pstack(1) print a stack trace of running processes


pstack pid [...]


pstack attaches to the active processes named by the pids on the command line, and prints out an execution stack trace, including a hint at what the function arguments are. If symbols exist in the binary (usually the case unless you have run strip(1)), then symbolic addresses are printed as well.

If the process is part of a thread group, then pstack will print out a stack trace for each of the threads in the group.


pstack currently works only on Linux, only on an x86 machine running 32 bit ELF binaries (64 bit not supported). Also, for symbolic information, you need to use a GNU compiler to generate your program, and you can't strip symbols from the binaries. For thread information to be dumped, you have to use the debug-aware version of the LinuxThreads library. (To check, run nm(1) on your pthreads library, and make sure that the symbol "__pthread_threads_debug" is defined.) Threads are not supported with the newer NPTL library.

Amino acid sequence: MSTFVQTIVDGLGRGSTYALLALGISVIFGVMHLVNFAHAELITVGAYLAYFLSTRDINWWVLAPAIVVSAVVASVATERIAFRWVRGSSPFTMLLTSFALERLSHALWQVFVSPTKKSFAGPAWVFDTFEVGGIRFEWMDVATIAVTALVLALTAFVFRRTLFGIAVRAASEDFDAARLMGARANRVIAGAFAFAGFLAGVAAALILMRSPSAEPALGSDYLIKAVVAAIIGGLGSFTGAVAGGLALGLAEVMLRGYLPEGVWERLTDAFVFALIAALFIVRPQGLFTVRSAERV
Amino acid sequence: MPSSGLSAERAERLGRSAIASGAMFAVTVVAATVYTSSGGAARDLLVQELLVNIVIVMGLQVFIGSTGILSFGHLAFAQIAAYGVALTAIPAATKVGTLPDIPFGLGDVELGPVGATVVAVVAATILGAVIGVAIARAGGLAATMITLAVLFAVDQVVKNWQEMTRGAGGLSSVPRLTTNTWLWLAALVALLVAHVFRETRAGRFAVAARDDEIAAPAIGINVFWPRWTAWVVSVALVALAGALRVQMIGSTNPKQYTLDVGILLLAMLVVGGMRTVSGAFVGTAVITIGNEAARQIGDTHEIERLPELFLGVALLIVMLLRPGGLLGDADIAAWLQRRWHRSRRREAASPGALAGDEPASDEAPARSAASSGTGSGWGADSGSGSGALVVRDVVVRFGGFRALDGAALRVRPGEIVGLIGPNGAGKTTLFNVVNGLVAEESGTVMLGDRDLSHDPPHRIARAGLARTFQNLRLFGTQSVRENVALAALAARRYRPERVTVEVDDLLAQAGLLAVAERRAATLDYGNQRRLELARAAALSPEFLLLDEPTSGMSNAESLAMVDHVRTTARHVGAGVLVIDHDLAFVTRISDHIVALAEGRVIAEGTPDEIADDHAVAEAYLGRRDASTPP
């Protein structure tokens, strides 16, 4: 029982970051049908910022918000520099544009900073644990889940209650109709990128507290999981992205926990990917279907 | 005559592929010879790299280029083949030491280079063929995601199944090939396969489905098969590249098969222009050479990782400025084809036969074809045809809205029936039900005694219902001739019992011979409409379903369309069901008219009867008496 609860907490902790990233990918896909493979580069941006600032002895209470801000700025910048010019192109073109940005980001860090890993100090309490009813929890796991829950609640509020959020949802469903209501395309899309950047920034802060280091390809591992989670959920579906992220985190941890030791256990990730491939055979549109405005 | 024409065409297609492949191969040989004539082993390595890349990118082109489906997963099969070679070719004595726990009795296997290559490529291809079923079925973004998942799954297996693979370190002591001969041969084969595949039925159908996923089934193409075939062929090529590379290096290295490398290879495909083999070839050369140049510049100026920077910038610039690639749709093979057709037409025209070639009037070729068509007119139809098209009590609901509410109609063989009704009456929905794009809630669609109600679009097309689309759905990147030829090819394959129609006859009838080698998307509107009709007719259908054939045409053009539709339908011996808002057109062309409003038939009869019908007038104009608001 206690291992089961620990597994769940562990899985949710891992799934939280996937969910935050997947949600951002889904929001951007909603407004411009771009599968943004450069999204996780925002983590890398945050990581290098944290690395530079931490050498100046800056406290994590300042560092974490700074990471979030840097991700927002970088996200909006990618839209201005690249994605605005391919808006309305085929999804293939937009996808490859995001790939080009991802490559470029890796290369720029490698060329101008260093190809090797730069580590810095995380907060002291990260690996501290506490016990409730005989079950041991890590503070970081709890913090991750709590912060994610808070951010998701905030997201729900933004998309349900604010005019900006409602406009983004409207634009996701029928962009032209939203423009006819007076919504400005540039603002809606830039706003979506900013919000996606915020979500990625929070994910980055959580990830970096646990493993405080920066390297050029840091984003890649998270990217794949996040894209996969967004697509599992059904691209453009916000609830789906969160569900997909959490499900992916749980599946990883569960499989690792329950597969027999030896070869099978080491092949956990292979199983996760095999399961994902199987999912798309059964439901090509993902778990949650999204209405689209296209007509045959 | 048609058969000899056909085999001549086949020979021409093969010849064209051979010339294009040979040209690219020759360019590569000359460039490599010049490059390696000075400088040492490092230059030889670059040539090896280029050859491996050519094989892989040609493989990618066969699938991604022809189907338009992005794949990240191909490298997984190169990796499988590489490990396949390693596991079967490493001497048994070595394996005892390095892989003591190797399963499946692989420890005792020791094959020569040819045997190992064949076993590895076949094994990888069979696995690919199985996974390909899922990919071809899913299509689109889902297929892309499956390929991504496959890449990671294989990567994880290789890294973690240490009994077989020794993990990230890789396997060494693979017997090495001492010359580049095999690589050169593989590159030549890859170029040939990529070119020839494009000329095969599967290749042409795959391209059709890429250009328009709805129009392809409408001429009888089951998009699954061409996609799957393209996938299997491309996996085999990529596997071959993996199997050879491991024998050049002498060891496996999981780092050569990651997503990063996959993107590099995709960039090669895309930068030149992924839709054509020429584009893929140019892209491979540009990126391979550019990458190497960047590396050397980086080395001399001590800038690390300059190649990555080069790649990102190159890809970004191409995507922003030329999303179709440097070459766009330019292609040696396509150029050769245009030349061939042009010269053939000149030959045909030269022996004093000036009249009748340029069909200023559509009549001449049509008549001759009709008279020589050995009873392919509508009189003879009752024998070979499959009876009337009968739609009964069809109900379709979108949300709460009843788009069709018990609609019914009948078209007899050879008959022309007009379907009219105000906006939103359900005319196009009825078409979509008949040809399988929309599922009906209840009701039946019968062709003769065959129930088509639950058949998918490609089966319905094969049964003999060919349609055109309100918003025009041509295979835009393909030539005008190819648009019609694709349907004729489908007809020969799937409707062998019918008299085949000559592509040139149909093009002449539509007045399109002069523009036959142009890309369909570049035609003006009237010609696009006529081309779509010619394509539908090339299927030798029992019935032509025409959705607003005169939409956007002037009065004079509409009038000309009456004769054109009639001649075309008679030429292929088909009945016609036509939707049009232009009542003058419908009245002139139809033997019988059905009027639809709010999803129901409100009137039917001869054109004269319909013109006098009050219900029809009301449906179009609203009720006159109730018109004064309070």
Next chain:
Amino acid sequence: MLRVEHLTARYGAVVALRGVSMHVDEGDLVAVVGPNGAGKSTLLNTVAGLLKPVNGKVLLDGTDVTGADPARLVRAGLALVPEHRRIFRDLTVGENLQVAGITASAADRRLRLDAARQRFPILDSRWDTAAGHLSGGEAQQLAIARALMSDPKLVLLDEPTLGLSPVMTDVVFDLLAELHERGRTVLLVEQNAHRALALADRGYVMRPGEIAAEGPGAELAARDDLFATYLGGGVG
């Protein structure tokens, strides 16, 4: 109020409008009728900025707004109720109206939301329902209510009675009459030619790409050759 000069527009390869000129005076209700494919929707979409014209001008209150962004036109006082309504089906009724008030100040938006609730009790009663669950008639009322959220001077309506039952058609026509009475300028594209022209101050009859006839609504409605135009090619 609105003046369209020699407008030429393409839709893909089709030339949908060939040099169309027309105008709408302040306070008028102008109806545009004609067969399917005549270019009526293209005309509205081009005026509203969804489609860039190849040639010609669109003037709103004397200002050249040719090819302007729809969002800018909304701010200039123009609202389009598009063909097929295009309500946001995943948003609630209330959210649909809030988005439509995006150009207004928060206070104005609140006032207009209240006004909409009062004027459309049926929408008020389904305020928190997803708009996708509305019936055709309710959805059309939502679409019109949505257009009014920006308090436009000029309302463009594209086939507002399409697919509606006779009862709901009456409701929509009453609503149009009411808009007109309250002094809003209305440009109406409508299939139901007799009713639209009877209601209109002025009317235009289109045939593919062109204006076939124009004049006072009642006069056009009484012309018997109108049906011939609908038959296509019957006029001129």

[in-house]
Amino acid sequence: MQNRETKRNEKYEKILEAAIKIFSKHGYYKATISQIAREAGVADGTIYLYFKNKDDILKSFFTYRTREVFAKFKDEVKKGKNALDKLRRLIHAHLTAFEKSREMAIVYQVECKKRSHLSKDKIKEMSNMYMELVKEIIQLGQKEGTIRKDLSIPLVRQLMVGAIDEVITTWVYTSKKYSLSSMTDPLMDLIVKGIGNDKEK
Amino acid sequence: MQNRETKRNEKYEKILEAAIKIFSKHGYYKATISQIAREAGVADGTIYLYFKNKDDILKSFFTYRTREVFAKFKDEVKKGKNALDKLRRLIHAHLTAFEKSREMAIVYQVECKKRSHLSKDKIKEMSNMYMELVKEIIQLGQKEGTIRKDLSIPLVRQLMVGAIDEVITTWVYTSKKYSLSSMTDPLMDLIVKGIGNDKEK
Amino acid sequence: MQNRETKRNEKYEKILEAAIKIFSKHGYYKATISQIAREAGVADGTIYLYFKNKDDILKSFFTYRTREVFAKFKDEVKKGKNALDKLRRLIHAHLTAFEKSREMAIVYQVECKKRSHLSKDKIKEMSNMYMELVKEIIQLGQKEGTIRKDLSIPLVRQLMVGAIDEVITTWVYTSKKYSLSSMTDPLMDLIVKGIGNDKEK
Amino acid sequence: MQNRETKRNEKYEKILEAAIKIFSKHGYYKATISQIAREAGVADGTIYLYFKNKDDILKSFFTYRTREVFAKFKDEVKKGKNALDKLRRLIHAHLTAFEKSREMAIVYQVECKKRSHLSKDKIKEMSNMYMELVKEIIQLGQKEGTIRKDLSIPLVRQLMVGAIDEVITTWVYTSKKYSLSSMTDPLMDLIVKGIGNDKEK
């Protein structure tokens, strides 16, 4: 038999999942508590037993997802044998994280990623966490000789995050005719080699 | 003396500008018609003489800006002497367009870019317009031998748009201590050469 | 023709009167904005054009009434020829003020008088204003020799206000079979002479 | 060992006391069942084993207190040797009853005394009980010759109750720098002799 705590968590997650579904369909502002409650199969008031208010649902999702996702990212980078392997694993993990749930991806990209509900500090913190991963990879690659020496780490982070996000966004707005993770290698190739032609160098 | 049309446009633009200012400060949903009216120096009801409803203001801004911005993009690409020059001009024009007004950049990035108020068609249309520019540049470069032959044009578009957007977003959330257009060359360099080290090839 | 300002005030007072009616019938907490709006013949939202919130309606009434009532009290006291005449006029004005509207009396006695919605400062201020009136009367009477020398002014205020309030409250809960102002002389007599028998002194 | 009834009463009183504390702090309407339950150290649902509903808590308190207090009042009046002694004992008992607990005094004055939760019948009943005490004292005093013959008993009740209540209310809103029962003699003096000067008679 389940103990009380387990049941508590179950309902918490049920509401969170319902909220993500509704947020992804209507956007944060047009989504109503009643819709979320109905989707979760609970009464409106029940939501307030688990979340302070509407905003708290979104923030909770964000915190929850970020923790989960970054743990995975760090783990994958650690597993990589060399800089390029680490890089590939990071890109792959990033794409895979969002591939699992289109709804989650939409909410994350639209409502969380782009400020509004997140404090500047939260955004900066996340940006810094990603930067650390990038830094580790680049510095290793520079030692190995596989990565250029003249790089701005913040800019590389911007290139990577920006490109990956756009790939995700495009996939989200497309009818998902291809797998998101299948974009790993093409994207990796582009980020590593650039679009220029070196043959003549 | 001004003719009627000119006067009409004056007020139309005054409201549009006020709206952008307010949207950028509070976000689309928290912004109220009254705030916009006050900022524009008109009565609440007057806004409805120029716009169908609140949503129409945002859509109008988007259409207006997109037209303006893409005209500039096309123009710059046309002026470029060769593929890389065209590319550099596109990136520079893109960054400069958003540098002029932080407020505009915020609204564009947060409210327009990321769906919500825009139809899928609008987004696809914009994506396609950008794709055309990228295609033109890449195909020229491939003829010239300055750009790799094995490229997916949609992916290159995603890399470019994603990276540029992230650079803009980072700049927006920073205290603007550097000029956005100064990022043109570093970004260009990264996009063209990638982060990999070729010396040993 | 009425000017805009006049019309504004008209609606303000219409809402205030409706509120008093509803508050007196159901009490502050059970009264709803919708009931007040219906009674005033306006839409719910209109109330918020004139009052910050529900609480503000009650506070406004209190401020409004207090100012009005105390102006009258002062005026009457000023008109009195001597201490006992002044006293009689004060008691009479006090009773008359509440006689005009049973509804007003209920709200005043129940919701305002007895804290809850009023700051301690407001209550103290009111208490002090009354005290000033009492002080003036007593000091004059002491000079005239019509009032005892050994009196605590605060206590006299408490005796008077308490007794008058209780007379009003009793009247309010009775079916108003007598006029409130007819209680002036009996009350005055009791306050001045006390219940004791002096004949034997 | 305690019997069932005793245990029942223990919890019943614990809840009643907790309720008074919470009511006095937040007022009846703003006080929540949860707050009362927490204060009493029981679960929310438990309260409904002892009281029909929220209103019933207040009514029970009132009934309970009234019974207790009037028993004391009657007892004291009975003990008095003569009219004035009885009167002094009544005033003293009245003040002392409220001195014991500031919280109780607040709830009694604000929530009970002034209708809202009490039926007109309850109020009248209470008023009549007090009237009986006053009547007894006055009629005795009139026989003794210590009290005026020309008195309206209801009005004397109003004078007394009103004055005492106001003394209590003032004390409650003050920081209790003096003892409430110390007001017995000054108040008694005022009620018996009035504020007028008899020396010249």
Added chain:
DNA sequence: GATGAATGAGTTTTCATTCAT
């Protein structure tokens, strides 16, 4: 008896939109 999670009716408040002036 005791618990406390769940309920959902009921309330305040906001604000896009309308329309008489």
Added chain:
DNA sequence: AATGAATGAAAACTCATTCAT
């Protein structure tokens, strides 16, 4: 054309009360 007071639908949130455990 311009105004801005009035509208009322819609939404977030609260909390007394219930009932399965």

Ross Thompson <[email protected]>

Red Hat, Inc. <>